I Want to Make a Difference. Is Special Ed Law for Me?

Print Friendly, PDF & Email

(1)  I’m finishing my undergraduate degree in Special Education and want to work in Special Ed law. Do I need a doctorate and a law degree? I don’t care about the huge corporate jobs.  I just want to make a difference.

(2)  I am interested in Special Ed law.  How does a lay person get involved at a higher level?  Are there law schools that allow you to specialize in this field?

(3)  I advocated for my two children for many years. I also attended IEP meetings with other parents to provide advocacy and support. Now, I’m interested in law school. What do you recommend?

So you want to go to law school? We are asked this question many times a week. Because there was so much interest, we created several pages of information for those who wanted to know more.

Special Education Law and Advocacy Clinics

Special Education Law and Advocacy, Final Exam

On these pages you can:

  • Preview an oral argument.  See a Law 363 student in oral argument in an LRE case.
  • Take a test of your knowledge – try a final law exam.
  • Find a law school or disability related program throughout the US.
  • Read articles about a New Generation of Advocates.
  • Link to other Wrightslaw tests or quizzes.

Special Education Law School and Advocacy Clinics

Most of you know that Pete and Pam were Adjunct Professors of Law at William and Mary Law School and advised PELE, the Special Education Advocacy Clinic. The Clinic assists children with special needs and their families with eligibility or Individualized Education Program meetings, discipline matters, mediation, and administrative hearings.

Because of the critical shortage of legal assistance for parents of children with disabilities, law schools around the country are developing children’s programs and advocacy clinics.

Student lawyers provide representation and advocacy to youth, families, and caregivers in special education and school discipline matters, community outreach and education, school reform litigation, policy research, and advocacy.

Students have the opportunity in a real-life context to hone their lawyering skills such as interviewing, negotiating, counseling, pre-trial litigation, and oral advocacy.

Get Lots of Trial Experience

Pete advises, “If you want to be an attorney who specializes in special ed litigation, focus on a law degree and get lots of trial experience. In the beginning years get experience litigating criminal defense, civil rights, divorce, and take lots of continuing legal ed course on cross-examination.

A special ed case is often a mixture of a medical malpractice wrongful death case that has merged with a very messy, emotional divorce, custody, and alimony case – a battle of expert witnesses arguing over shades of gray where each feels betrayed by the other.”

  1. JR: Debbie makes good points. For many years, Pete’s law practice was not special ed only. He also represented kids in juvenile justice cases, spouses in domestic relations cases, and he did divorce mediation. Representing clients in other areas provided an additional source of income and was interesting.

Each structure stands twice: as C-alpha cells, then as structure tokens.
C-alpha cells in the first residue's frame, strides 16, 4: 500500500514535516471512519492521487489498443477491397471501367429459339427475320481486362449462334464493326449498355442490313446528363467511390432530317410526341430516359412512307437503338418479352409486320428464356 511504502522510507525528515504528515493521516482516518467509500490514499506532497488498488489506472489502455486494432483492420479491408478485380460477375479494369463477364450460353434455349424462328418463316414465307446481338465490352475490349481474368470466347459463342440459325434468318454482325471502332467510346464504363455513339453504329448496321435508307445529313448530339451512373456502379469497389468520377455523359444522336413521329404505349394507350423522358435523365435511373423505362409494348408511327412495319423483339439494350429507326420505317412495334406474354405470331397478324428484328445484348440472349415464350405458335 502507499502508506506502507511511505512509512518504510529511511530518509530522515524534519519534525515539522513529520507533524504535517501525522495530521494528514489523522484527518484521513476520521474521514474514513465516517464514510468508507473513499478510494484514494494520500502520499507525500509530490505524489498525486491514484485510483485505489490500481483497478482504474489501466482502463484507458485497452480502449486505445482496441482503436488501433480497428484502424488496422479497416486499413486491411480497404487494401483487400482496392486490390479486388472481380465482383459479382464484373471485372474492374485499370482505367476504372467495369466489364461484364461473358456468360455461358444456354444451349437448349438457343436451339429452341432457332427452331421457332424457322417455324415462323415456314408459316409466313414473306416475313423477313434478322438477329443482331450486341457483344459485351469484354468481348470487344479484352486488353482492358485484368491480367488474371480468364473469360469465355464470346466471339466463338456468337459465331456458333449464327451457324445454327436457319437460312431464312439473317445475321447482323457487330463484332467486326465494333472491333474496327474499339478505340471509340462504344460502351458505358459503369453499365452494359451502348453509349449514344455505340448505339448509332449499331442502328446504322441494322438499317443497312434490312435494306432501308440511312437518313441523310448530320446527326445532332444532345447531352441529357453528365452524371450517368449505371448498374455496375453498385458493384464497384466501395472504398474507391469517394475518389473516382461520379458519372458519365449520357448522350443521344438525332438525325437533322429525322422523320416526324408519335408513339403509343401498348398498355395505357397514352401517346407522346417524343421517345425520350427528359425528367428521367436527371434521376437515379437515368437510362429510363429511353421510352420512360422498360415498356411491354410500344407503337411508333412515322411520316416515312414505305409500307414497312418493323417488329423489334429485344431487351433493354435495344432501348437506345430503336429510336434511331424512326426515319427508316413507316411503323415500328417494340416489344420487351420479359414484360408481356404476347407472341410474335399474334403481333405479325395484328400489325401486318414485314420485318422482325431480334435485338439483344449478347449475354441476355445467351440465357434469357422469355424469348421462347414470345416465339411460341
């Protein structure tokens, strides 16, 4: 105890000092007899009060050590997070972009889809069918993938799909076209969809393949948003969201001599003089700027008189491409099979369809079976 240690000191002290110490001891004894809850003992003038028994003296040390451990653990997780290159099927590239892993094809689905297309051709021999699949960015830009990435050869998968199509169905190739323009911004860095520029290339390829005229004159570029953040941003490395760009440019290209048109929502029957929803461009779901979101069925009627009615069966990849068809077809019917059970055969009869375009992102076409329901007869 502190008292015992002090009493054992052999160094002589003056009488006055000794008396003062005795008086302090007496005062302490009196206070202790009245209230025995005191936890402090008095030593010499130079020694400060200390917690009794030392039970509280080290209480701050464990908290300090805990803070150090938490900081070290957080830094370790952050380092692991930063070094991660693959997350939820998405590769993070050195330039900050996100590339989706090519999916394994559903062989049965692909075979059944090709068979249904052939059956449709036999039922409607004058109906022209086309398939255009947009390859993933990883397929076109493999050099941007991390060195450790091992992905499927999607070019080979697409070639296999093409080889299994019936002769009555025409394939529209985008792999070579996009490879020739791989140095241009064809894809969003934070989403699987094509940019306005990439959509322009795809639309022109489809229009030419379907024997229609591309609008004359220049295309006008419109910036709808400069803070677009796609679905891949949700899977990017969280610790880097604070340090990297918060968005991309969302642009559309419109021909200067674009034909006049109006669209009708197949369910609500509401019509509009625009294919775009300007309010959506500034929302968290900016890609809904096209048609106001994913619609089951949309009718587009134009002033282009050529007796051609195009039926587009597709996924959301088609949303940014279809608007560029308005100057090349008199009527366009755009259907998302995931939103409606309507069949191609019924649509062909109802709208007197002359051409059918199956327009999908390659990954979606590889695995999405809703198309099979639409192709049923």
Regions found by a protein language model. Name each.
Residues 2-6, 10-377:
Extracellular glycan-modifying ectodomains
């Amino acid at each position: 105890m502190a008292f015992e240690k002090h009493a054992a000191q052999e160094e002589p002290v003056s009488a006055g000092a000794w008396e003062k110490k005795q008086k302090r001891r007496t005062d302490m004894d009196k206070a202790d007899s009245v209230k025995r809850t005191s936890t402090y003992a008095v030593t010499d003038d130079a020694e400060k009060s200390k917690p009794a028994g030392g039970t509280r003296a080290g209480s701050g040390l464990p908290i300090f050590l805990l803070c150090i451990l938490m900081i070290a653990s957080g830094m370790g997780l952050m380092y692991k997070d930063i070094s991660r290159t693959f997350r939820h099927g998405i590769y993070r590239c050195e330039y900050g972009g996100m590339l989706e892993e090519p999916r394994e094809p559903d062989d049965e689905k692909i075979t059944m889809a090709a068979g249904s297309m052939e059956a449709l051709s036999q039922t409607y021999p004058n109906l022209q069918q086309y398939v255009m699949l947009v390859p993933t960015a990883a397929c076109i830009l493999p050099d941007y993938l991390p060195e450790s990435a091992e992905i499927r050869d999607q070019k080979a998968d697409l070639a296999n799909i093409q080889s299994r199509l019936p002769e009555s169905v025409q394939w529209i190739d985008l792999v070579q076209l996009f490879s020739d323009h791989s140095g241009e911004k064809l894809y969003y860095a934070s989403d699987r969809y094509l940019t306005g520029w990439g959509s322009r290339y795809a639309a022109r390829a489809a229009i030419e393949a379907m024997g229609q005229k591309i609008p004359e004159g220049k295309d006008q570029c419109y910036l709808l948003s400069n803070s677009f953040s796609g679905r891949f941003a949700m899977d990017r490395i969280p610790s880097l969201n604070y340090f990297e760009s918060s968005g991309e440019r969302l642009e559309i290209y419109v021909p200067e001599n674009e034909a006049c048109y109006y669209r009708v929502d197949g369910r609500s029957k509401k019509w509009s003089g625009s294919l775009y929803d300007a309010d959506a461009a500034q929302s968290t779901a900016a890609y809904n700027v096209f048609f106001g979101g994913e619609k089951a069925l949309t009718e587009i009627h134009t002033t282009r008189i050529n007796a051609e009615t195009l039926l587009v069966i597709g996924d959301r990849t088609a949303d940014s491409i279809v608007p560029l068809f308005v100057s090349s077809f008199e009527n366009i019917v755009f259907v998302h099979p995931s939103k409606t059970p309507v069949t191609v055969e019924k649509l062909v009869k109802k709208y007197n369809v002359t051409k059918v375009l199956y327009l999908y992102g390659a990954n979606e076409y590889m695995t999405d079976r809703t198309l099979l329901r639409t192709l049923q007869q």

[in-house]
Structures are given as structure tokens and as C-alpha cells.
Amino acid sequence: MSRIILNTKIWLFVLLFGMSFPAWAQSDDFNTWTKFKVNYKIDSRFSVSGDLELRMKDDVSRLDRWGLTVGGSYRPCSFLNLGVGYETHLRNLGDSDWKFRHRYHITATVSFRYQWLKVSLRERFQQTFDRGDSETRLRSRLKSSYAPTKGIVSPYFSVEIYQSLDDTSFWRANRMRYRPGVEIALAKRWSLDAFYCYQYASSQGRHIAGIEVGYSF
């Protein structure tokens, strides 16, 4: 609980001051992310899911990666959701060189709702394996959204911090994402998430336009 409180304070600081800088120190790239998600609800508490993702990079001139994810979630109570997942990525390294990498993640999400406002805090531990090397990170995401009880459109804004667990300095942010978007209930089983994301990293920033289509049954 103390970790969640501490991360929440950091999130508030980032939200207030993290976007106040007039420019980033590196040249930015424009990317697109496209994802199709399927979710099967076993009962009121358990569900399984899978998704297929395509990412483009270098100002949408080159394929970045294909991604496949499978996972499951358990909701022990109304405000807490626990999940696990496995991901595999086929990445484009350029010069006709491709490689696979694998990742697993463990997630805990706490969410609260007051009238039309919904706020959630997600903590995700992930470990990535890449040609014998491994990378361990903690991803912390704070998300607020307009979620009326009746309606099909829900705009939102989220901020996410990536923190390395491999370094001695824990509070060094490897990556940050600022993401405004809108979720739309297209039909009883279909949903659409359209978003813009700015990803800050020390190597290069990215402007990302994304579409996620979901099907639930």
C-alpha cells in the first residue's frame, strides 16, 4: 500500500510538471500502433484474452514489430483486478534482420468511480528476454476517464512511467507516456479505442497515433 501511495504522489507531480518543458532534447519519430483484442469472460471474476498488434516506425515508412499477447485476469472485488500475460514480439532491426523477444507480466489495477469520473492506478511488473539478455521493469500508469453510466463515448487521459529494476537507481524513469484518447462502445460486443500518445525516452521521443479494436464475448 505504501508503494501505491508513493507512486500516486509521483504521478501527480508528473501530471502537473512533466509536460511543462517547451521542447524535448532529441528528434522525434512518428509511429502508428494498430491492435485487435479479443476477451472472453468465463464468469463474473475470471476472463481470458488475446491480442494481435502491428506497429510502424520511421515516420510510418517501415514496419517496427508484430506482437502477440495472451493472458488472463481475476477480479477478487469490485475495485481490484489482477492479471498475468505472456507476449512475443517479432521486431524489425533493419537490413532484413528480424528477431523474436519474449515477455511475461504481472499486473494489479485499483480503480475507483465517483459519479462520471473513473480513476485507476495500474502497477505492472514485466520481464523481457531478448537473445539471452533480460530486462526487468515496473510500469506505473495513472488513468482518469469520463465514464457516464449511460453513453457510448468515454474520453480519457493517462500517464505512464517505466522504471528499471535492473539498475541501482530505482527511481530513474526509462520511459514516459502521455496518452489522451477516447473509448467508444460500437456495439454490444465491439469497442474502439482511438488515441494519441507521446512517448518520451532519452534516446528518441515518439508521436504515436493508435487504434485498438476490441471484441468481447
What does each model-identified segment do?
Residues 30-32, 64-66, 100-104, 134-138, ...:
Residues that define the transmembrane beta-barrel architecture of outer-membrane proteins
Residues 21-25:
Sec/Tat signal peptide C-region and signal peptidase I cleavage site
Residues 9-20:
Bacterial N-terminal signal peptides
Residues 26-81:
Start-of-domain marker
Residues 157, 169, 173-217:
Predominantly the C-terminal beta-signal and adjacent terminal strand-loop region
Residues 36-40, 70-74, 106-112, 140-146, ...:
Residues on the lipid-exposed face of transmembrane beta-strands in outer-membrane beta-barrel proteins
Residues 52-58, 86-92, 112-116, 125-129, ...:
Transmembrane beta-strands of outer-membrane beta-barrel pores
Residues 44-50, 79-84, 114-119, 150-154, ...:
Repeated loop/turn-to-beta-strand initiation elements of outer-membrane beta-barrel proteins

2. JR, I know that districts have the ready money and that makes representing districts financially attractive. There are other ways to increase income representing parents. First, consider some contingency cases. If the parent has a strong case, you should get payment from the district. Second, offer for fee trainings. While most parents can afford $25-50 for a well developed seminar, and a well-advertised seminar can attract a fairly large number of parents. Finally, special education can be a portion of your practice, while you make your bread and butter in another area of law. This will allow you to keep representation available to parents who are a largely unmet market currently.

  3. I went to law school with the same intentions, and would still very much like to represent parents and students. However, it is very hard to get a job representing parents and child (plaintiffs). I had no problem getting offers from law firms that represent districts, but there are (sadly) not many entities or firms that represent parents.
    Many parent attorneys in my large mid-western city are affiliated with legal aid – which typically doesn’t offer much in the way of salary. More opportunities seem to be available in big cities. DEFINITELY not a reason NOT to go to law school – but something to think about.

    I am currently teaching (and hopefully making parents happy!!) after leaving a school district-advocacy position.

  4. Bravo! to those who consider going into Special Education law and will represent parents. There are lots of firms that represent districts. There is big money there. Parents will frequently need contingency or pro bono representation.

    You might also consider connecting with an advocate from the Wrightslaw Yellow Pages. http://www.yellowpagesforkids.com. There lay people are frequently very well versed in regulations and case law. they also have the important experience of working directly with parents and districts. They have been in the trenches and have seen the nitty gritty of special education issues.

    Finally, when you are practicing special education law, sponsor some workshops for parents. It will give parents some of the tools to do the basic documentation that is so critical to successful litigation. It may also bring clients your way!

Leave a Reply

Your email address will not be published. Required fields are marked *


Please help us defeat spam. Thank you. *